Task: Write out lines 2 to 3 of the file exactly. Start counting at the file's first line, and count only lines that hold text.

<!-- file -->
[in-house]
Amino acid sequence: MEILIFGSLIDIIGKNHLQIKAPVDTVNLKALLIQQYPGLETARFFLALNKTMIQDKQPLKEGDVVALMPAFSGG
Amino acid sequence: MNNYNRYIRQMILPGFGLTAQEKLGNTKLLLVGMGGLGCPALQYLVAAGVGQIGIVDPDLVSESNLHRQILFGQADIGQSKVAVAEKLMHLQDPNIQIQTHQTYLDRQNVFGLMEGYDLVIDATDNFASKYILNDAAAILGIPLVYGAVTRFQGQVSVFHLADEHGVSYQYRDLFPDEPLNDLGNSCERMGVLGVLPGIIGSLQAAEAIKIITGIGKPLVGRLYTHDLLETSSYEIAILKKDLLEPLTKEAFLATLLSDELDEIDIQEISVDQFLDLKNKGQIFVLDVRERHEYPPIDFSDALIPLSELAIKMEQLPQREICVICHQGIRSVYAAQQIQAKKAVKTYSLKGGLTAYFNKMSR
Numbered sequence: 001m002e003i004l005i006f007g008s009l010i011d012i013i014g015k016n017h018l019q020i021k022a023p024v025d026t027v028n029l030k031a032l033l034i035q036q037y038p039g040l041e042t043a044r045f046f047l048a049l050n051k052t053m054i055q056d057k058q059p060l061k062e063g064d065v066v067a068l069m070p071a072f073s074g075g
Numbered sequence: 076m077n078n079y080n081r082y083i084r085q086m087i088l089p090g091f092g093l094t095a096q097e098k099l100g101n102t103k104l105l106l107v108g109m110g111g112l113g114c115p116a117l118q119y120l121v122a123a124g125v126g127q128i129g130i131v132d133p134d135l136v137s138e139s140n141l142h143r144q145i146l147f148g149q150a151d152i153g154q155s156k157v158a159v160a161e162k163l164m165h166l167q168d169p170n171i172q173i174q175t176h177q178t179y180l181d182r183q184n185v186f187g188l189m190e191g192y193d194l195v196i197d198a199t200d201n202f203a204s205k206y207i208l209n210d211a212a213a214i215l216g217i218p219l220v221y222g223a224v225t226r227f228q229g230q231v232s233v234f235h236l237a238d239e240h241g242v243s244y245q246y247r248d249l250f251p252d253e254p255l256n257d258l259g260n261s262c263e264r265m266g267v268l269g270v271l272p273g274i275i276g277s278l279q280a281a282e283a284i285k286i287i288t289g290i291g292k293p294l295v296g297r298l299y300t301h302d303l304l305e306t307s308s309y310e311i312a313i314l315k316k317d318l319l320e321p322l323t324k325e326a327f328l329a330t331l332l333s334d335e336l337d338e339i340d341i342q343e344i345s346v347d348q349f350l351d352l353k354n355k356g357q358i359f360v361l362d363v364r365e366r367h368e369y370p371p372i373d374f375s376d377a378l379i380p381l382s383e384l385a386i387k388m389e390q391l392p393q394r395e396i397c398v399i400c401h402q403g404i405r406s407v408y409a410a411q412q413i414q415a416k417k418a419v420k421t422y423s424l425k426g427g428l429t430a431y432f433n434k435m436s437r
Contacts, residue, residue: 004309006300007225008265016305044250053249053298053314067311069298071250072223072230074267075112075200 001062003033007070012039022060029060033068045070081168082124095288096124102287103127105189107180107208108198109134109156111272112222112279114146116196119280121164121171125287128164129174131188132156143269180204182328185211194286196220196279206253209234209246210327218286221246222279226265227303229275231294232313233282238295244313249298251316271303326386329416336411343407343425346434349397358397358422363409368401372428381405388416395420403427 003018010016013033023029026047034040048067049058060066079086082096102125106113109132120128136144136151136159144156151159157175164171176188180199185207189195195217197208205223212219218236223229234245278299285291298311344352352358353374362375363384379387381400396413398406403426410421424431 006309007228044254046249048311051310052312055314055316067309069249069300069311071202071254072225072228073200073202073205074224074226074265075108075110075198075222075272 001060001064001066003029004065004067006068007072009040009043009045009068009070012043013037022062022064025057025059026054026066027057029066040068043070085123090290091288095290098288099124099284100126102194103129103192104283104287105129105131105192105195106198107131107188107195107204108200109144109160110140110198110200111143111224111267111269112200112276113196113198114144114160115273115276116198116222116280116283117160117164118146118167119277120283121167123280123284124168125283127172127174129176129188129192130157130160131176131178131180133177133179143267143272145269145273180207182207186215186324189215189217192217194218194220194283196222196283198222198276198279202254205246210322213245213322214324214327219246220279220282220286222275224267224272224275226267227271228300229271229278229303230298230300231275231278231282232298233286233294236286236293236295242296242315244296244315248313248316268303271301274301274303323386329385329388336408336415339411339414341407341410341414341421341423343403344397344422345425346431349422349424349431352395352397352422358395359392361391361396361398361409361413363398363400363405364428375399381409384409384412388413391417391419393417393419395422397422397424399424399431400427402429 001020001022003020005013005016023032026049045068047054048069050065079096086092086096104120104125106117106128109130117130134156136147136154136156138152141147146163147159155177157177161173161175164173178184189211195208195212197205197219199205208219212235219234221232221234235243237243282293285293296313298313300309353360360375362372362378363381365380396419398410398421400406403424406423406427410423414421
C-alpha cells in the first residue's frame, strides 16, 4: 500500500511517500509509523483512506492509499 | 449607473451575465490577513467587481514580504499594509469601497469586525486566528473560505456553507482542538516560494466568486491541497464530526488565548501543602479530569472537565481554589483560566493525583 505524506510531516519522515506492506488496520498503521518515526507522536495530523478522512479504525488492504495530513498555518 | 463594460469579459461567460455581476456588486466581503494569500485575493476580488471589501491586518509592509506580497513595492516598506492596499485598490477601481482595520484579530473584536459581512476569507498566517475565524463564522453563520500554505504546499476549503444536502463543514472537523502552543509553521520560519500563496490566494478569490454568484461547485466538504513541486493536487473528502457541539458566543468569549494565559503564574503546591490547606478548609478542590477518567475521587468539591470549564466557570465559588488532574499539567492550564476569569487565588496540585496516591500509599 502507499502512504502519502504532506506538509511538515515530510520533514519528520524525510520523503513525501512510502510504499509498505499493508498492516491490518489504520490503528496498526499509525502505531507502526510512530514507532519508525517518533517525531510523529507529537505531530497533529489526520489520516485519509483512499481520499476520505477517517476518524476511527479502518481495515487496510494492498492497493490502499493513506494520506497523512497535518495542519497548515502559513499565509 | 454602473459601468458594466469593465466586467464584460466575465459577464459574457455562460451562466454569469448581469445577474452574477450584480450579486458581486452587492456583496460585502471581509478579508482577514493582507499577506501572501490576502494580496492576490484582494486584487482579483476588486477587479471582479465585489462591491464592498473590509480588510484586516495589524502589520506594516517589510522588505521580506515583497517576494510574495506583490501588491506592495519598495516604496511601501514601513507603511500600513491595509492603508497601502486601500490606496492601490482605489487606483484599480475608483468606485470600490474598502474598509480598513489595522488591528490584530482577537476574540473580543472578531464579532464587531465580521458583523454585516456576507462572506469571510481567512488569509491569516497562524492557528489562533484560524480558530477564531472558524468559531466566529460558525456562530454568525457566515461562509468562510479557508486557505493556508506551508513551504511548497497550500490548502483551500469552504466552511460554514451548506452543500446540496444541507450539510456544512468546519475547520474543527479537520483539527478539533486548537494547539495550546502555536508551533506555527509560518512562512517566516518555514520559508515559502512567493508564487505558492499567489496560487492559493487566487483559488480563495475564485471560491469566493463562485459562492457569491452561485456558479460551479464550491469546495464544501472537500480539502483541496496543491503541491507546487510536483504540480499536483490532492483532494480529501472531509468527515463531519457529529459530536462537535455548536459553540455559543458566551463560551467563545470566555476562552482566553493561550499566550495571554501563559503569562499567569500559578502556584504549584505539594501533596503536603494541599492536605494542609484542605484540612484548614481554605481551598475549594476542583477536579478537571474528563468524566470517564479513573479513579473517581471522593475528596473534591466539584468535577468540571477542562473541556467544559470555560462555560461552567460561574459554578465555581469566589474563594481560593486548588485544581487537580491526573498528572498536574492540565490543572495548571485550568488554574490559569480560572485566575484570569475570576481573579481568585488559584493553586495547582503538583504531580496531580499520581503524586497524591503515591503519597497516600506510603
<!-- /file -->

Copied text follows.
Amino acid sequence: MEILIFGSLIDIIGKNHLQIKAPVDTVNLKALLIQQYPGLETARFFLALNKTMIQDKQPLKEGDVVALMPAFSGG
Amino acid sequence: MNNYNRYIRQMILPGFGLTAQEKLGNTKLLLVGMGGLGCPALQYLVAAGVGQIGIVDPDLVSESNLHRQILFGQADIGQSKVAVAEKLMHLQDPNIQIQTHQTYLDRQNVFGLMEGYDLVIDATDNFASKYILNDAAAILGIPLVYGAVTRFQGQVSVFHLADEHGVSYQYRDLFPDEPLNDLGNSCERMGVLGVLPGIIGSLQAAEAIKIITGIGKPLVGRLYTHDLLETSSYEIAILKKDLLEPLTKEAFLATLLSDELDEIDIQEISVDQFLDLKNKGQIFVLDVRERHEYPPIDFSDALIPLSELAIKMEQLPQREICVICHQGIRSVYAAQQIQAKKAVKTYSLKGGLTAYFNKMSR